Biden will bring U.S. into COVAX vaccine initiative, Blinken says

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Dave Lawler
·2 min read
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Data: Gavi, The Vaccine Alliance; Map: Naema Ahmed/Axios

Secretary of State designate Tony Blinken announced in a confirmation hearing on Tuesday that President-elect Biden would bring the U.S. into the COVAX initiative — the global effort from the World Health Organization and other groups to ensure that every country has access to COVID-19 vaccines.

Why it matters: Virtually the entire world has signed onto COVAX, apart from the U.S. and Russia. It's expected to be the only source of vaccines for some of the world's poorest countries, and needs additional funding to fulfill its goal of vaccinating at least 20% of the population in every country by the end of 2021.

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  • COVAX is designed such that high- and middle-income countries put forward funding to develop and distribute vaccines, effectively subsidizing access for low-income countries in the process.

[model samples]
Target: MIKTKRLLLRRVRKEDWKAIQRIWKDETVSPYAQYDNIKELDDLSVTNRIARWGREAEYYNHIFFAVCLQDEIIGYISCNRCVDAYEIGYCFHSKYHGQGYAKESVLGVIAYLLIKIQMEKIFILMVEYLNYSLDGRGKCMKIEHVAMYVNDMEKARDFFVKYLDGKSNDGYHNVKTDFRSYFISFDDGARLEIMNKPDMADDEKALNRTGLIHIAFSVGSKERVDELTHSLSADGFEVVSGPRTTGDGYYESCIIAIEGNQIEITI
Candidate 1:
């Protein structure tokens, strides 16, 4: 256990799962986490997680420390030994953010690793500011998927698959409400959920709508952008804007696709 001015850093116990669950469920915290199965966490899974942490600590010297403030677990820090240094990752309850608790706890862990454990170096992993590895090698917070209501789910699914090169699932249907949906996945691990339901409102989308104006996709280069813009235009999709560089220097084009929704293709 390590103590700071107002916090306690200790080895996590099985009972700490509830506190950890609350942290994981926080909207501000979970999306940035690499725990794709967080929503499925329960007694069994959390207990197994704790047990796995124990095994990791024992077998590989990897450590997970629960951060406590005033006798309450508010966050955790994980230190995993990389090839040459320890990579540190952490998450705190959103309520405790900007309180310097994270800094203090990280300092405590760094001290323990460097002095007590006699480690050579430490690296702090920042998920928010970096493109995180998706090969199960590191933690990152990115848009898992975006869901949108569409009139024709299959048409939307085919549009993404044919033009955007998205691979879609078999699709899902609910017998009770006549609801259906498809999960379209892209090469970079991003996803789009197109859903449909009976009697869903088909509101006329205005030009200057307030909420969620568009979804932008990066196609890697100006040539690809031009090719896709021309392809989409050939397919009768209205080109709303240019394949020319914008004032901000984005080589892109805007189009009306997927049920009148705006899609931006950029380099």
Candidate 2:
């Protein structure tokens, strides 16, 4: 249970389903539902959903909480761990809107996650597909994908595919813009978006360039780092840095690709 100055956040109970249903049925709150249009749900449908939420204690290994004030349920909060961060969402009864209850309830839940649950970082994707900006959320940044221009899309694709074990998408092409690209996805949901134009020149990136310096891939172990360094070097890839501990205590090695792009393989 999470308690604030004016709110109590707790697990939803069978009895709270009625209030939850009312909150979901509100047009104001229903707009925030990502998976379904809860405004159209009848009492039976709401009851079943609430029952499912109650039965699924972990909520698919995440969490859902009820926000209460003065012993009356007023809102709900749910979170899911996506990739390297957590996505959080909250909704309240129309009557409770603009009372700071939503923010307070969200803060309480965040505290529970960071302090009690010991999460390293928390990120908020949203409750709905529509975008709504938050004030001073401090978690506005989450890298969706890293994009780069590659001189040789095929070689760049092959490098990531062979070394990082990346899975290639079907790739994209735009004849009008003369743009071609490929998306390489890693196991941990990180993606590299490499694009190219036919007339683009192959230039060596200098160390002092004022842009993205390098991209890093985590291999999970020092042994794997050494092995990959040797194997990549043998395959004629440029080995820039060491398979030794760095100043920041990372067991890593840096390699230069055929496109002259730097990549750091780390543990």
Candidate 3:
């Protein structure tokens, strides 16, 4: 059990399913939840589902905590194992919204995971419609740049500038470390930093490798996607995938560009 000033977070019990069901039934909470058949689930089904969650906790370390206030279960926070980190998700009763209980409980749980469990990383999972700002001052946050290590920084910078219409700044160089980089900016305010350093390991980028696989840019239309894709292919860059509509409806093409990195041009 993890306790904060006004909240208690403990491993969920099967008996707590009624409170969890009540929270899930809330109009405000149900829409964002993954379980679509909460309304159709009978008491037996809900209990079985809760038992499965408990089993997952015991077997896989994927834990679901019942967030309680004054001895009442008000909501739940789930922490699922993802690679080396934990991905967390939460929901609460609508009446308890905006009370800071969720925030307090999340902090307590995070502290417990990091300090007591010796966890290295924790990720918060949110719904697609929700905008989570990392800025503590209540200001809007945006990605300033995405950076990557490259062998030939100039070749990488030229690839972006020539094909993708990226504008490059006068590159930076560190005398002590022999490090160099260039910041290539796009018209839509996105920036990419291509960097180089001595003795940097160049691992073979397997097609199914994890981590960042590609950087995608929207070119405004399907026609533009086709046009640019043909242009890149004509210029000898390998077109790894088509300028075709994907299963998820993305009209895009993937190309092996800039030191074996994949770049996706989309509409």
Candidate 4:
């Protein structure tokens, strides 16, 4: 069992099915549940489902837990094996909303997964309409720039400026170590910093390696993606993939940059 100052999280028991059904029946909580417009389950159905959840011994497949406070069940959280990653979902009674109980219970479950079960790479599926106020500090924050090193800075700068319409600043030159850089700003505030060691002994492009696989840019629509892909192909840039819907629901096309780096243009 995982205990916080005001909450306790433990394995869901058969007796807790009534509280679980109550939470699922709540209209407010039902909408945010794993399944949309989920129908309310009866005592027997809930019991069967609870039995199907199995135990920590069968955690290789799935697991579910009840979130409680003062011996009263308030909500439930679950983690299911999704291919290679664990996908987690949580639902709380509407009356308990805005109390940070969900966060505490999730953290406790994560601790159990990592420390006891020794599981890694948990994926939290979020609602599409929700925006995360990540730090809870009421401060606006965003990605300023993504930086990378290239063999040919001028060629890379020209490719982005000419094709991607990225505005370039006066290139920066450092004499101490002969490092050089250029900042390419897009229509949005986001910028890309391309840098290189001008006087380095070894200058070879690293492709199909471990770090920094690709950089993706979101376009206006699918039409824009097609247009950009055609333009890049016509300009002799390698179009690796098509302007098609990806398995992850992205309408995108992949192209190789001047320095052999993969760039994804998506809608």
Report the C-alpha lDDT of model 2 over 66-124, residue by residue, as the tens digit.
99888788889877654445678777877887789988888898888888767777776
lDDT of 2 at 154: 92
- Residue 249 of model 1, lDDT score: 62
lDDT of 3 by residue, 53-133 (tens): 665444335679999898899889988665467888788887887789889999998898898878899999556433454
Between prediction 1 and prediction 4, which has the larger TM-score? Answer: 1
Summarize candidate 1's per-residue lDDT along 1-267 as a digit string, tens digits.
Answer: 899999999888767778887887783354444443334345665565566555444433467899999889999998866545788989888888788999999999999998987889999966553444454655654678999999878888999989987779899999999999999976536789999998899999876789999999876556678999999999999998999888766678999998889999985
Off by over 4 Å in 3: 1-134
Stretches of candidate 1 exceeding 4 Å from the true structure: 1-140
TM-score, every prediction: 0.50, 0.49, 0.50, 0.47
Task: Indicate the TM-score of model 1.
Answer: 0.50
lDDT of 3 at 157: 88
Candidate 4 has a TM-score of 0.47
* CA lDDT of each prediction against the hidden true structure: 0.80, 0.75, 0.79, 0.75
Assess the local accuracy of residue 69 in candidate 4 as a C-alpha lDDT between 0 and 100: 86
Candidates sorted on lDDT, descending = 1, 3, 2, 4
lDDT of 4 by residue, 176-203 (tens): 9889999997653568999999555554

• The U.S. would likely play the role of funder, rather than recipient, given the hundreds of millions of doses the country has already purchased directly.

  • What to watch: Canada is developing a mechanism that would allow countries that purchased more doses than they ultimately need to donate them through COVAX.

What he's saying: "We believe strongly that we can do that — ensure that every American gets the vaccine, but also help make sure that others around the world who want it have access to it," Blinken said of joining COVAX.

The other side: The Trump administration declined to join, citing China's influence over the WHO.

  • Blinken said that while the WHO was "in need of reform," the U.S. was better off having a seat at the table.

Go deeper: Rich countries are taking the vaccine fast lane. Others could wait years

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